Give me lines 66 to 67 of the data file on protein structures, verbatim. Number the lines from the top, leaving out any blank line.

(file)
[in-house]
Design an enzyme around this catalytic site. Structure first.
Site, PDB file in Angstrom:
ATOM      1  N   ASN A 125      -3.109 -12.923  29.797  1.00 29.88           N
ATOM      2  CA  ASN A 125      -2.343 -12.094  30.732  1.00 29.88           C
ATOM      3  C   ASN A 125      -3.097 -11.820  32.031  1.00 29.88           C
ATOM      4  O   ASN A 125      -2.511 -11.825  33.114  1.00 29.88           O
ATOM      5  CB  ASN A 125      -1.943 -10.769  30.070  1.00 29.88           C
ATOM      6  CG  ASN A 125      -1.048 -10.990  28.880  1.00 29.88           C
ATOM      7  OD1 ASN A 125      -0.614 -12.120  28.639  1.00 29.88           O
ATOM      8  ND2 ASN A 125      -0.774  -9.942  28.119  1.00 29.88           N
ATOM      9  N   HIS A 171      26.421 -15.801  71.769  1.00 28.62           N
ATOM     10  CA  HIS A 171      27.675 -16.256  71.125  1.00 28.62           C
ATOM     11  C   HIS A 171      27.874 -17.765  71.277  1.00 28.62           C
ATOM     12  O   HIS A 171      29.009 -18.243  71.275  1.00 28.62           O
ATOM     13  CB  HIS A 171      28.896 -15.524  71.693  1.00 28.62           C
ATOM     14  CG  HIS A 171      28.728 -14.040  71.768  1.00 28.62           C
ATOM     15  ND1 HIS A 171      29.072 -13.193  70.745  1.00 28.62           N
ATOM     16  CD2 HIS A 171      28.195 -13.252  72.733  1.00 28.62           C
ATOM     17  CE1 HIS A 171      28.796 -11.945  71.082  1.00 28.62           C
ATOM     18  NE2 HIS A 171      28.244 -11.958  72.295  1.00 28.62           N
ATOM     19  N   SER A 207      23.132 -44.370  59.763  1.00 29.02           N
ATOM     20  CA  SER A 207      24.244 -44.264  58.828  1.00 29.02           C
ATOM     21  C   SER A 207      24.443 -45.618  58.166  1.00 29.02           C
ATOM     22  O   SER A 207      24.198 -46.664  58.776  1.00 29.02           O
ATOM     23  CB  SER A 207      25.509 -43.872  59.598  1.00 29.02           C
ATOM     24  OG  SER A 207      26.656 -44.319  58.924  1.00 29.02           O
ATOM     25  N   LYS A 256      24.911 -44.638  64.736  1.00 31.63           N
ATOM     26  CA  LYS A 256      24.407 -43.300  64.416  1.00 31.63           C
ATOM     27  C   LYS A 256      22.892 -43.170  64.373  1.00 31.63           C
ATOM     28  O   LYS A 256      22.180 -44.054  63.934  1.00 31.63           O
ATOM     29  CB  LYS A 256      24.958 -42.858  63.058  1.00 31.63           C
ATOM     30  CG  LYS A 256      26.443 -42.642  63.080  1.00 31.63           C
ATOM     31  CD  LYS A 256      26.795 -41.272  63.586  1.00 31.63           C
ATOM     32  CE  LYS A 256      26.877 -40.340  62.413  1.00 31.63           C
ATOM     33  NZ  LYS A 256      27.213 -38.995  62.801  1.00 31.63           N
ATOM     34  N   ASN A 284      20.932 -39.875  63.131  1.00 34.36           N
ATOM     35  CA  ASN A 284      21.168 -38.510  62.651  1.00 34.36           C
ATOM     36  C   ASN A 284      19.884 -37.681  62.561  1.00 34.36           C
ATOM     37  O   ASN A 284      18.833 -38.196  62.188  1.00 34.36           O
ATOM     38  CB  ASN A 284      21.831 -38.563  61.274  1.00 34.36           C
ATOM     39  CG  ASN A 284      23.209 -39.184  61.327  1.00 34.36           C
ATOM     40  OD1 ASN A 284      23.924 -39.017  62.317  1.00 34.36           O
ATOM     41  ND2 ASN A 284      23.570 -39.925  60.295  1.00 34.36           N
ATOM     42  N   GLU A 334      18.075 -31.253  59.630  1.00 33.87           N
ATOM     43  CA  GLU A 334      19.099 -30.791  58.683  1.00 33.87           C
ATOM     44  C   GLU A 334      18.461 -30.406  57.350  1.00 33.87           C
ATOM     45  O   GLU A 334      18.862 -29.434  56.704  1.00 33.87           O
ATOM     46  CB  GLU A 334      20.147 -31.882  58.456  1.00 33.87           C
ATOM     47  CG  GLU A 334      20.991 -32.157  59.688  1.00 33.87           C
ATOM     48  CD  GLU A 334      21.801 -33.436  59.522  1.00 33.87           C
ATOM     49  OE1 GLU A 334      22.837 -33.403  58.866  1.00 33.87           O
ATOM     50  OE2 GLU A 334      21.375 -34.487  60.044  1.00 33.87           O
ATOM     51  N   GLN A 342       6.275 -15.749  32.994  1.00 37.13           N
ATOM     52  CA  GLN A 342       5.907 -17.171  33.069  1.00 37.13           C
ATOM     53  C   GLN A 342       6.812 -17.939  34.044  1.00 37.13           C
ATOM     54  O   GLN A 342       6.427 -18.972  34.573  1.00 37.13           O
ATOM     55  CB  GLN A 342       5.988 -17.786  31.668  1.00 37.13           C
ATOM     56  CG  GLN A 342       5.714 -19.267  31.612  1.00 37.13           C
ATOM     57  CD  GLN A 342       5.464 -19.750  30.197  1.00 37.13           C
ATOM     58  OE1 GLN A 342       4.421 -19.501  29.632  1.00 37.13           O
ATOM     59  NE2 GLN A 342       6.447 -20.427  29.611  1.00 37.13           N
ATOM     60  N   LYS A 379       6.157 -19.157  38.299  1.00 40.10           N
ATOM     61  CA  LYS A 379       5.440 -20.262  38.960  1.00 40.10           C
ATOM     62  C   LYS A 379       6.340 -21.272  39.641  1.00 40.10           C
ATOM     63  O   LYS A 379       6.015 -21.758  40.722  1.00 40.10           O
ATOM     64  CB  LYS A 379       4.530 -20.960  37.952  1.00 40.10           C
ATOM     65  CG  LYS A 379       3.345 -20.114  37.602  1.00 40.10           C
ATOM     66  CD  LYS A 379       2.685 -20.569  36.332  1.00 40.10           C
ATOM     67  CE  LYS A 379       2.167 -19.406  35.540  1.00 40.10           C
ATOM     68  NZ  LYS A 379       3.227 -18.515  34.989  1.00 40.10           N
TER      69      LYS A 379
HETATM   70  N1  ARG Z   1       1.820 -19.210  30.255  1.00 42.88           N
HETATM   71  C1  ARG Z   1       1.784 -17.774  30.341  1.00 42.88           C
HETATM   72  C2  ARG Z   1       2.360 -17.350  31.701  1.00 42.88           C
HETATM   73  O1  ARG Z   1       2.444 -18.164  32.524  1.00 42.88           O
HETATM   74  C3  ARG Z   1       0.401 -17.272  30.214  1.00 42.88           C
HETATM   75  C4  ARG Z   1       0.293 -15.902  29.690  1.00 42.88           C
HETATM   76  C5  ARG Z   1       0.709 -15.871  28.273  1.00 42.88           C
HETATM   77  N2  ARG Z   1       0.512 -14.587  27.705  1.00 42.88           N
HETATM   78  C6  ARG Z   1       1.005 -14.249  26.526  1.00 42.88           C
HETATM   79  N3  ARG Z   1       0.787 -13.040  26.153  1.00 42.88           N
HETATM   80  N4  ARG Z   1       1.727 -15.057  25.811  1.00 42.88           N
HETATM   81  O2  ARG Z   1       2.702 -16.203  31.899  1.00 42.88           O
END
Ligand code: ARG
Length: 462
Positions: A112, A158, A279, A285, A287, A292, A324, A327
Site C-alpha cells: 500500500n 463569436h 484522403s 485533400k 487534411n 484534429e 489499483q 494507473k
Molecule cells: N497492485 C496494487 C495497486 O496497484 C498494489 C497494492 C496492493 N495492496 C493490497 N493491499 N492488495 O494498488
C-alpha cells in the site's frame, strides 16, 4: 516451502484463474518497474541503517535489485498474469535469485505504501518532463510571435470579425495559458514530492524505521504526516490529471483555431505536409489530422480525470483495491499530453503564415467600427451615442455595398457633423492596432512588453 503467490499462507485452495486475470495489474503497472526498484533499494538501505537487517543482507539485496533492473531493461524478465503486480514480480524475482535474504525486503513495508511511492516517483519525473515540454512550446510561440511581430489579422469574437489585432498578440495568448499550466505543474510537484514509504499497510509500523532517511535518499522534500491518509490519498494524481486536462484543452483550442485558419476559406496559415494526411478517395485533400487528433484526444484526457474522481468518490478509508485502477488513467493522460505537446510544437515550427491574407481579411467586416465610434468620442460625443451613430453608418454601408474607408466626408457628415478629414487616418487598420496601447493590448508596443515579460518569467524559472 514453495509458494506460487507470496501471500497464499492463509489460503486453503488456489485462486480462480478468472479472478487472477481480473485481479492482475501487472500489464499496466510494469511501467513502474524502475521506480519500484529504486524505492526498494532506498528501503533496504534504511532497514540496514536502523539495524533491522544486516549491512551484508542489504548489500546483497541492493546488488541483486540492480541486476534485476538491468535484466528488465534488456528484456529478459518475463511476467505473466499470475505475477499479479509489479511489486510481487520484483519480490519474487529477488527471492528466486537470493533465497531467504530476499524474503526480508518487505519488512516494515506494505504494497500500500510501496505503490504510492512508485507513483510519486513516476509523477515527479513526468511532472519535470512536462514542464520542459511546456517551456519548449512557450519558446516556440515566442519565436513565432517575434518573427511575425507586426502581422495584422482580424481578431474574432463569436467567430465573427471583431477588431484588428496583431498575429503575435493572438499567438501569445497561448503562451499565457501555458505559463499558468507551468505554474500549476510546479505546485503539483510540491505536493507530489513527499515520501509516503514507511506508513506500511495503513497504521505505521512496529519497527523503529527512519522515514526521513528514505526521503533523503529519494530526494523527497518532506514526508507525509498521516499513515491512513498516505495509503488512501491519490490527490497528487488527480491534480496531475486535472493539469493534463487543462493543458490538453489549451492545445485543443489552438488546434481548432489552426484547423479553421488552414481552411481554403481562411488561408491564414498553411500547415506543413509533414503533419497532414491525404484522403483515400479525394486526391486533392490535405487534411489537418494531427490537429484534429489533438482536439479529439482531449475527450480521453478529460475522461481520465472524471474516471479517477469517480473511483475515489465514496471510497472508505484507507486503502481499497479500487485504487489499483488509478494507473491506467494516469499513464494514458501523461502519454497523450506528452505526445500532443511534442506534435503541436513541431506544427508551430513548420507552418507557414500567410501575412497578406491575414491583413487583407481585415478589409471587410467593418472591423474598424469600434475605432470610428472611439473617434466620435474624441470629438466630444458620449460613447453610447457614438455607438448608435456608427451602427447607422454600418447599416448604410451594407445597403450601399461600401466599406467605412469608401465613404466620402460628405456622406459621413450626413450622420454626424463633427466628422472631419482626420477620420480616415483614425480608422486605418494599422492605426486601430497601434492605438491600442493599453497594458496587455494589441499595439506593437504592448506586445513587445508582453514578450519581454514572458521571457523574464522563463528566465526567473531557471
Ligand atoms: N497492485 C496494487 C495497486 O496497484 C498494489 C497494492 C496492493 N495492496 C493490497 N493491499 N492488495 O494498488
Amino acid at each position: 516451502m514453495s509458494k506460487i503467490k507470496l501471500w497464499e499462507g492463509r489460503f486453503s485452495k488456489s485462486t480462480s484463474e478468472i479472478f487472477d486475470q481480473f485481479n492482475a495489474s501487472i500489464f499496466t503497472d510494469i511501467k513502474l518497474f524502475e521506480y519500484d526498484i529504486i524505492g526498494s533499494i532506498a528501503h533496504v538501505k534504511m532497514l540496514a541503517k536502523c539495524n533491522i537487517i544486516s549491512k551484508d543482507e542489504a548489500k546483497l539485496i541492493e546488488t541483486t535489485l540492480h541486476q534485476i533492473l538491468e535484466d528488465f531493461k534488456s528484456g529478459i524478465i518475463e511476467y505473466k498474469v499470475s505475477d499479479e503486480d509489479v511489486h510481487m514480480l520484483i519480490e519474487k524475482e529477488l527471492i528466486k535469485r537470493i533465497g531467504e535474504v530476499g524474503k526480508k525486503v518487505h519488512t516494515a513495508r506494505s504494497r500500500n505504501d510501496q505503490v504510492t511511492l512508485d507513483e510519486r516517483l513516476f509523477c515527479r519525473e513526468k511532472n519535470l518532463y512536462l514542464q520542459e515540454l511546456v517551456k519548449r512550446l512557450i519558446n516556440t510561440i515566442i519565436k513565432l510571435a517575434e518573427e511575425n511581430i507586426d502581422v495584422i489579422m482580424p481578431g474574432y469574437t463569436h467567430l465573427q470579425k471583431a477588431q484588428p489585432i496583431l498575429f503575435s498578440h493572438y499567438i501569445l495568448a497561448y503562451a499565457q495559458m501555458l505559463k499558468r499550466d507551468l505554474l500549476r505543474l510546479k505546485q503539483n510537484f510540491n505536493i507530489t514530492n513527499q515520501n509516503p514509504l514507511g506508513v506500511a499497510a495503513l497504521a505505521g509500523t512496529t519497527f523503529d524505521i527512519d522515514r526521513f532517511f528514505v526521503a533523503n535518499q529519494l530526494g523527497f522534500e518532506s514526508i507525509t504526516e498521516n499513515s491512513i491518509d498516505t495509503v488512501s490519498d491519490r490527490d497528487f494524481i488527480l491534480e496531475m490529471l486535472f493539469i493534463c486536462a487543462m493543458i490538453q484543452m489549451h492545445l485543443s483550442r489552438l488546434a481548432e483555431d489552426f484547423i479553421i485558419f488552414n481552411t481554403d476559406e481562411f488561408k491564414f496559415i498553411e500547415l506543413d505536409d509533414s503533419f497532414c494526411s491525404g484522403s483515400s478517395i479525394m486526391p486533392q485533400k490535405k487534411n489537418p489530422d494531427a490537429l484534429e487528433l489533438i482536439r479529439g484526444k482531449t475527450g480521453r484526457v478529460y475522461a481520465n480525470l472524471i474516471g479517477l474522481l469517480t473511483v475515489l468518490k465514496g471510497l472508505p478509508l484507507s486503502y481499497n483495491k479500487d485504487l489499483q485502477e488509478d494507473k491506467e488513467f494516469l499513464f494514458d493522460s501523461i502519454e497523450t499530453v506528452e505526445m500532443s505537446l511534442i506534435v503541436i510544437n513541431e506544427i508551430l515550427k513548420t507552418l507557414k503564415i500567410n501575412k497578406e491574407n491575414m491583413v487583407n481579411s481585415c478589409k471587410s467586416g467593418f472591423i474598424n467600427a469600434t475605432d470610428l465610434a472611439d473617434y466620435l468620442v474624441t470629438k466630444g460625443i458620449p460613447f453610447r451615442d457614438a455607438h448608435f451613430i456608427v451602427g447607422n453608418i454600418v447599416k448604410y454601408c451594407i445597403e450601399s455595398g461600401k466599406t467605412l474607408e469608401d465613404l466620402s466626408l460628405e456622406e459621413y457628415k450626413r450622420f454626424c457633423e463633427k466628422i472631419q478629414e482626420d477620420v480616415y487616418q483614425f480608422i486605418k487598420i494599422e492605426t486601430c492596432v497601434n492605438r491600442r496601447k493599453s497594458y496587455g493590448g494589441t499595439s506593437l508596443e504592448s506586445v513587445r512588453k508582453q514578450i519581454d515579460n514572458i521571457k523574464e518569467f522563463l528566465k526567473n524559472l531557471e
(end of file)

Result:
ATOM     63  O   LYS A 379       6.015 -21.758  40.722  1.00 40.10           O
ATOM     64  CB  LYS A 379       4.530 -20.960  37.952  1.00 40.10           C